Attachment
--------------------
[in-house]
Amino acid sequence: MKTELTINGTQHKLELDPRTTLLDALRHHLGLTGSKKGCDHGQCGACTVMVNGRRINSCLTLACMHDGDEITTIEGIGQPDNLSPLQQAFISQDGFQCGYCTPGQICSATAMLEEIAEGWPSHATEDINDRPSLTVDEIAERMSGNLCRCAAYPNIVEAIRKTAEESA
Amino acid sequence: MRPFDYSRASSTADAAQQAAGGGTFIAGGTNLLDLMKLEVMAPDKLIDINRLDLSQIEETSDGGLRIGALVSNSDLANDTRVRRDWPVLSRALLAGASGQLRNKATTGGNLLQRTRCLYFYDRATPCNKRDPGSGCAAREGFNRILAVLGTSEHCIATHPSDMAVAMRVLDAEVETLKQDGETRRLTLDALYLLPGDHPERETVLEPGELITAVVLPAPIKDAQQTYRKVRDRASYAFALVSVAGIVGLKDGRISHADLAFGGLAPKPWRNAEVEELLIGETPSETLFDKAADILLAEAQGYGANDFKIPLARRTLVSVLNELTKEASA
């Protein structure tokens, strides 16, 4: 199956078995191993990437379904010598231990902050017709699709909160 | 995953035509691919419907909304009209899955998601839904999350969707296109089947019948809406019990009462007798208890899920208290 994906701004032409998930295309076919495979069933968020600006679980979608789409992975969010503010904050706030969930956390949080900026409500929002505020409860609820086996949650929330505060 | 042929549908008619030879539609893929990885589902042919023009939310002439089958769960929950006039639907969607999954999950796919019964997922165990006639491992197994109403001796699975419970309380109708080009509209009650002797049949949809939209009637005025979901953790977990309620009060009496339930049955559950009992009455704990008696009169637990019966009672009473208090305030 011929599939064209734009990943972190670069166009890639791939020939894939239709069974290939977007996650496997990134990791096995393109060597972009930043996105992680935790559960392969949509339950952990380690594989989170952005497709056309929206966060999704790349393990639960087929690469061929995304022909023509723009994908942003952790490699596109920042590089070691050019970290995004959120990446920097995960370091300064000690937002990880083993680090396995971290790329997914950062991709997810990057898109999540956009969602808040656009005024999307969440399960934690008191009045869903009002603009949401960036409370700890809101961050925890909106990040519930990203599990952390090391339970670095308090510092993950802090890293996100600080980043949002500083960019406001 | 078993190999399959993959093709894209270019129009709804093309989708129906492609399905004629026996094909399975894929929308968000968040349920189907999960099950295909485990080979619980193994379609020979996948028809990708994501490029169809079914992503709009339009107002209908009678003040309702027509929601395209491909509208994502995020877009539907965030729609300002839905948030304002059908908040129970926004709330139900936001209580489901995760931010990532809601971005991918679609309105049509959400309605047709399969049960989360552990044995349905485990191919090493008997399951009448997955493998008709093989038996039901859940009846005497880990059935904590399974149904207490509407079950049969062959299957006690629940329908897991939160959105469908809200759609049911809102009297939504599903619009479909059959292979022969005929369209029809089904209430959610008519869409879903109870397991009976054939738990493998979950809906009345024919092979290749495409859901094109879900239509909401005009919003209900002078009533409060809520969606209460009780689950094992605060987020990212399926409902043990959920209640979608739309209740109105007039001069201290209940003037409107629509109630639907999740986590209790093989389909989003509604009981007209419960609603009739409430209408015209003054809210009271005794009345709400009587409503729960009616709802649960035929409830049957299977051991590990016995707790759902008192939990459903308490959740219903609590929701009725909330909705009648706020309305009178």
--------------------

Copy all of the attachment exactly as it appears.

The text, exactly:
[in-house]
Amino acid sequence: MKTELTINGTQHKLELDPRTTLLDALRHHLGLTGSKKGCDHGQCGACTVMVNGRRINSCLTLACMHDGDEITTIEGIGQPDNLSPLQQAFISQDGFQCGYCTPGQICSATAMLEEIAEGWPSHATEDINDRPSLTVDEIAERMSGNLCRCAAYPNIVEAIRKTAEESA
Amino acid sequence: MRPFDYSRASSTADAAQQAAGGGTFIAGGTNLLDLMKLEVMAPDKLIDINRLDLSQIEETSDGGLRIGALVSNSDLANDTRVRRDWPVLSRALLAGASGQLRNKATTGGNLLQRTRCLYFYDRATPCNKRDPGSGCAAREGFNRILAVLGTSEHCIATHPSDMAVAMRVLDAEVETLKQDGETRRLTLDALYLLPGDHPERETVLEPGELITAVVLPAPIKDAQQTYRKVRDRASYAFALVSVAGIVGLKDGRISHADLAFGGLAPKPWRNAEVEELLIGETPSETLFDKAADILLAEAQGYGANDFKIPLARRTLVSVLNELTKEASA
């Protein structure tokens, strides 16, 4: 199956078995191993990437379904010598231990902050017709699709909160 | 995953035509691919419907909304009209899955998601839904999350969707296109089947019948809406019990009462007798208890899920208290 994906701004032409998930295309076919495979069933968020600006679980979608789409992975969010503010904050706030969930956390949080900026409500929002505020409860609820086996949650929330505060 | 042929549908008619030879539609893929990885589902042919023009939310002439089958769960929950006039639907969607999954999950796919019964997922165990006639491992197994109403001796699975419970309380109708080009509209009650002797049949949809939209009637005025979901953790977990309620009060009496339930049955559950009992009455704990008696009169637990019966009672009473208090305030 011929599939064209734009990943972190670069166009890639791939020939894939239709069974290939977007996650496997990134990791096995393109060597972009930043996105992680935790559960392969949509339950952990380690594989989170952005497709056309929206966060999704790349393990639960087929690469061929995304022909023509723009994908942003952790490699596109920042590089070691050019970290995004959120990446920097995960370091300064000690937002990880083993680090396995971290790329997914950062991709997810990057898109999540956009969602808040656009005024999307969440399960934690008191009045869903009002603009949401960036409370700890809101961050925890909106990040519930990203599990952390090391339970670095308090510092993950802090890293996100600080980043949002500083960019406001 | 078993190999399959993959093709894209270019129009709804093309989708129906492609399905004629026996094909399975894929929308968000968040349920189907999960099950295909485990080979619980193994379609020979996948028809990708994501490029169809079914992503709009339009107002209908009678003040309702027509929601395209491909509208994502995020877009539907965030729609300002839905948030304002059908908040129970926004709330139900936001209580489901995760931010990532809601971005991918679609309105049509959400309605047709399969049960989360552990044995349905485990191919090493008997399951009448997955493998008709093989038996039901859940009846005497880990059935904590399974149904207490509407079950049969062959299957006690629940329908897991939160959105469908809200759609049911809102009297939504599903619009479909059959292979022969005929369209029809089904209430959610008519869409879903109870397991009976054939738990493998979950809906009345024919092979290749495409859901094109879900239509909401005009919003209900002078009533409060809520969606209460009780689950094992605060987020990212399926409902043990959920209640979608739309209740109105007039001069201290209940003037409107629509109630639907999740986590209790093989389909989003509604009981007209419960609603009739409430209408015209003054809210009271005794009345709400009587409503729960009616709802649960035929409830049957299977051991590990016995707790759902008192939990459903308490959740219903609590929701009725909330909705009648706020309305009178």